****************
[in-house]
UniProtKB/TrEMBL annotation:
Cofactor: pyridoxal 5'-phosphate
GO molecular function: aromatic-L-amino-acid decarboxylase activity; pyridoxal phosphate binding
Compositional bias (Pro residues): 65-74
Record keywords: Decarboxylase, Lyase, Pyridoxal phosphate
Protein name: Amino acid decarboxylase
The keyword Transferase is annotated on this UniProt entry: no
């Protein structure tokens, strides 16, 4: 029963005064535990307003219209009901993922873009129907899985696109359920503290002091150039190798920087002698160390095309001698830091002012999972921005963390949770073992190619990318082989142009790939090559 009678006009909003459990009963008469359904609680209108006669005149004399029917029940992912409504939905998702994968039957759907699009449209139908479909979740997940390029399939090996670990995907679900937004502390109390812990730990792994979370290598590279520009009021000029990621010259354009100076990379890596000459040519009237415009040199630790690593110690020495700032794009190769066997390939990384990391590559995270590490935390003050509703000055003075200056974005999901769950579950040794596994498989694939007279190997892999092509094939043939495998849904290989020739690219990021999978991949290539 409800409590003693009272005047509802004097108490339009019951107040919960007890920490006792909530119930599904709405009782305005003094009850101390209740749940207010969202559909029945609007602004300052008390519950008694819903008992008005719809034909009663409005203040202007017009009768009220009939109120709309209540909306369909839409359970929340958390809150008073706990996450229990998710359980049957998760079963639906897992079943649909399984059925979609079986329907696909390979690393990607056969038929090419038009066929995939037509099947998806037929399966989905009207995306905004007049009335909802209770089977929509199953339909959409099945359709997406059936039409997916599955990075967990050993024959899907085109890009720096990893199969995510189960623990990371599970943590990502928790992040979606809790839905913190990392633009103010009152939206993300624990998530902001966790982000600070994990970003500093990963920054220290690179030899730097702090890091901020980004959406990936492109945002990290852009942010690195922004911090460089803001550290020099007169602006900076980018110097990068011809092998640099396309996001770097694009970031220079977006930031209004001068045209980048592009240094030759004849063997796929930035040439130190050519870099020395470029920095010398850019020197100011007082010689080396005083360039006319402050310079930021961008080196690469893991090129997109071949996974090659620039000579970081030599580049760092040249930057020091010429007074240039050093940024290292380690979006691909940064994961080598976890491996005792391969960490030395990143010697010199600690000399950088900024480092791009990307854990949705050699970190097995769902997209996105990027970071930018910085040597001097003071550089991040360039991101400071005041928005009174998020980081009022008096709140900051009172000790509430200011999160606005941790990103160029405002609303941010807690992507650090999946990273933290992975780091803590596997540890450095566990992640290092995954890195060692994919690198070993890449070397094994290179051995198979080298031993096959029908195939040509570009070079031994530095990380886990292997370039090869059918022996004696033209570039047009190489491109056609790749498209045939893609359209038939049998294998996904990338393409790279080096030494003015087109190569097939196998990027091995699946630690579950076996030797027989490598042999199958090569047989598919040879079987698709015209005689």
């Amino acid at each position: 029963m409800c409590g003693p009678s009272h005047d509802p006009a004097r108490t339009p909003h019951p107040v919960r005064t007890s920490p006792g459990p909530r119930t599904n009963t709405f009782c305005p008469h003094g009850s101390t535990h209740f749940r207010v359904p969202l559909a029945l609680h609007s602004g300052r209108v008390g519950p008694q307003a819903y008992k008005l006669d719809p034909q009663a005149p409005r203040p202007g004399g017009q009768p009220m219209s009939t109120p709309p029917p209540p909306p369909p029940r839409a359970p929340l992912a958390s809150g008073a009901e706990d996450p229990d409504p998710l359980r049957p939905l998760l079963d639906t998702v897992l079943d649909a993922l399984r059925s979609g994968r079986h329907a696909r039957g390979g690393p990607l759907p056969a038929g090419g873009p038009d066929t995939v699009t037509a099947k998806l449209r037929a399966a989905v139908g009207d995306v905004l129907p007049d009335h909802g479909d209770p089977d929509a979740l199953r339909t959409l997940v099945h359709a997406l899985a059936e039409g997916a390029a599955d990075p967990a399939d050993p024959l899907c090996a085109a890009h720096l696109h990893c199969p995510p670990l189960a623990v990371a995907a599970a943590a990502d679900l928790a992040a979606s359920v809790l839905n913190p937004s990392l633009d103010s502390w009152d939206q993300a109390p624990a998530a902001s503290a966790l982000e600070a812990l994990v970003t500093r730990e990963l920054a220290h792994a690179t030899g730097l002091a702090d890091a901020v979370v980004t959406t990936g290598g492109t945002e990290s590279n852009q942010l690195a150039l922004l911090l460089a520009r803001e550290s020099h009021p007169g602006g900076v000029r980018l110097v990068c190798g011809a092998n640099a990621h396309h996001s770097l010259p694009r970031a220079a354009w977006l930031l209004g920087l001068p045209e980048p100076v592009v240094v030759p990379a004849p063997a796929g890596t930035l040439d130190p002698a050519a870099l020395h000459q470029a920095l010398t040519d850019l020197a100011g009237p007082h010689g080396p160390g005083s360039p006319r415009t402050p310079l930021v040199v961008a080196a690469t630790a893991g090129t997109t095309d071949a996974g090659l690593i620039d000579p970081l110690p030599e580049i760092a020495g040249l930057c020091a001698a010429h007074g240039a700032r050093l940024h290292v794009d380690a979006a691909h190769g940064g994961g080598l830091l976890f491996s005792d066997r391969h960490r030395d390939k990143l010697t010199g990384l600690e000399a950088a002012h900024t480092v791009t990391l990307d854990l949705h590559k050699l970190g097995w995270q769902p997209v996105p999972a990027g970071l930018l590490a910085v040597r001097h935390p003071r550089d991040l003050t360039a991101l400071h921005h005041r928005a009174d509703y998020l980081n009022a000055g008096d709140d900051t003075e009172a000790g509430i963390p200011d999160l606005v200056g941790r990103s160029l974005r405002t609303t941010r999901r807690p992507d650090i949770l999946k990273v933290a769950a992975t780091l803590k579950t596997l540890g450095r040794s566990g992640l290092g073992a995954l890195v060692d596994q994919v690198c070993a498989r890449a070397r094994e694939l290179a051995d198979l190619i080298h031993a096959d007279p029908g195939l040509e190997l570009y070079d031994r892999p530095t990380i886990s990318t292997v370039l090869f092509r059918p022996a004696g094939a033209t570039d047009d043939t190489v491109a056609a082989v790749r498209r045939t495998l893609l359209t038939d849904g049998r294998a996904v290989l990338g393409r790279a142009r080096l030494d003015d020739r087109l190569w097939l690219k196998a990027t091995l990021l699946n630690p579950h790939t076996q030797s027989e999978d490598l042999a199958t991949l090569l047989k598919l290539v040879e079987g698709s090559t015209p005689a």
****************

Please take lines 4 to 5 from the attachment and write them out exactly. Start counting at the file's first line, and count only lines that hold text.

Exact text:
GO molecular function: aromatic-L-amino-acid decarboxylase activity; pyridoxal phosphate binding
Compositional bias (Pro residues): 65-74